It’s only a short walk to the Lower Crust, maybe half a mile, but with the sun starting to set and the aftermath of the adrenaline crash, the cold hits me pretty hard. Regina and I are both shivering by the time we get there, and we slip gratefully into the warmth of the restaurant.
I pull my phone out and pass it to Regina. “Hey, would you mind asking the guy at the front if he can plug this in?”
Regina looks up from the menu. “Why don’t you ask?”
“I’m more female, you mean. You could just ask the guy and see if he’ll do you a favor like a normal human being.”
“Yes, and maybe he would, but we both know he’s a lot more likely to do you a favor than me. Can we discuss the unfair social expectations of our society at some point after my phone is functioning again?”
Regina rolls her eyes but takes the phone from me, and when the waiter comes by to ask for drinks, she says, “Oh, is there any chance you have a charger? My phone’s completely dead.”
“I — yeah, we should! I can go plug that in for you.”
He heads off after Regina hands him the phone, and she looks at me. “Not that hard, Dan.”
“Not that hard for you, yeah.”
“You could have at least tried!” she insists.
“Sure, but if I’d tried and he’d said no, it would have looked pretty suspicious if it turned out that your phone was also dead. Plus he probably couldn’t justify plugging yours in and not mine.”
“Are we splitting a pizza or what?”
Lower Crust’s pizza turns out to be excellent, and I make a note to come back here on a less eventful day so that I can enjoy it more. As it is, I’m basically just shoveling in the slices like I haven’t seen food in a week, and Regina’s not far behind me. Getting rammed by a car and shot at by a lunatic will really work up an appetite, it seems.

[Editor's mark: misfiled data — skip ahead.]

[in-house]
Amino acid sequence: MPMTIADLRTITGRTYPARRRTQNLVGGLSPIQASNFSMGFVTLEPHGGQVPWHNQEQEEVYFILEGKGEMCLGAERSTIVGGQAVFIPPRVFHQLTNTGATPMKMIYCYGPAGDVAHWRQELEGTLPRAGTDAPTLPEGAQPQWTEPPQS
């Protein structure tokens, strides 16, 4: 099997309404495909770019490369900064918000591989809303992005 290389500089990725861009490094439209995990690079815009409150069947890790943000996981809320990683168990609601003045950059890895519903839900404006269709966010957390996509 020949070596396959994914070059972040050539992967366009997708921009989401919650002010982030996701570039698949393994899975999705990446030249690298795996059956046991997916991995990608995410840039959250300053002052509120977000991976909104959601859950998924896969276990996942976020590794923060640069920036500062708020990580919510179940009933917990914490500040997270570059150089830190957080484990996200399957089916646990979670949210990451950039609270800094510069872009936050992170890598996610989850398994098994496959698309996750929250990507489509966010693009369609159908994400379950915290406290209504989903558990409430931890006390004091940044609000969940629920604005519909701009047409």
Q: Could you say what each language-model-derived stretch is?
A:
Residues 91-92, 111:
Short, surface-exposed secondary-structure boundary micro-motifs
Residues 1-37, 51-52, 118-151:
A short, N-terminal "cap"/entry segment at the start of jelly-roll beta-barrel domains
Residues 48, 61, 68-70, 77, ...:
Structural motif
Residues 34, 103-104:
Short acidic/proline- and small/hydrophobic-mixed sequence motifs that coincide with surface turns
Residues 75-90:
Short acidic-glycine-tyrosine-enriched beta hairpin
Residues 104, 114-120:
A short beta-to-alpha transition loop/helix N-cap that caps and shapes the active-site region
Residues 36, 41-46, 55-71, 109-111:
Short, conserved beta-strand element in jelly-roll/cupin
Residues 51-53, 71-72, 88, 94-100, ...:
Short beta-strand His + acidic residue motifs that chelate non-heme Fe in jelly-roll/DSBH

Partway through demolishing the pizza, I say to Regina, “So, we can’t go back to the house.”
“What? Why?” she asks indistinctly, her mouth full.
“I’m on Tanger’s payroll; he signs my checks. I don’t know exactly what records they have, but I know I put my address down on the application, so it can’t be but so hard for him to look it up. And since he’s clearly willing to send crazies after me –“
“They’re not crazy!” protests Regina, but I wave my hand and continue.
“– people who can be compelled to attack, call them what you want. The point is that I don’t want to sleep in the place that they expect me to be. And I don’t think you should, either, on account of how the totally-sane-yet-acting-in-a-crazy-manner people might think that you could lead them to me.”
“Okay, so where to?”
“Well, do you think Peterson has a safe house?”
“Do I think Peterson has a safe house,” she repeats, shaking her head at me. “No, I don’t think a low-level police officer has a safe house.”
“Not him personally, but access to the department’s safe house, or whatever. I don’t know how this works!”